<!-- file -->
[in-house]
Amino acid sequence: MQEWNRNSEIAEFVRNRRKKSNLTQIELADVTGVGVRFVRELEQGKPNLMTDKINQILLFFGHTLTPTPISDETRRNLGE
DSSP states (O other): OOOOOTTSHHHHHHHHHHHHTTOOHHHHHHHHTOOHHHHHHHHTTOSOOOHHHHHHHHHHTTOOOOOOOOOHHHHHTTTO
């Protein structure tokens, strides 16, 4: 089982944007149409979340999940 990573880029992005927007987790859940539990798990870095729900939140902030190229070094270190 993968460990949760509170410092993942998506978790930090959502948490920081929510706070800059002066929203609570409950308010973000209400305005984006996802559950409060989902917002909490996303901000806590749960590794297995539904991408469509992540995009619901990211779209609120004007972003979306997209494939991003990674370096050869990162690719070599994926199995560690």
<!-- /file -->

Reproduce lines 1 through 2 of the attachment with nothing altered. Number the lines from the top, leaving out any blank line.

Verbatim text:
[in-house]
Amino acid sequence: MQEWNRNSEIAEFVRNRRKKSNLTQIELADVTGVGVRFVRELEQGKPNLMTDKINQILLFFGHTLTPTPISDETRRNLGE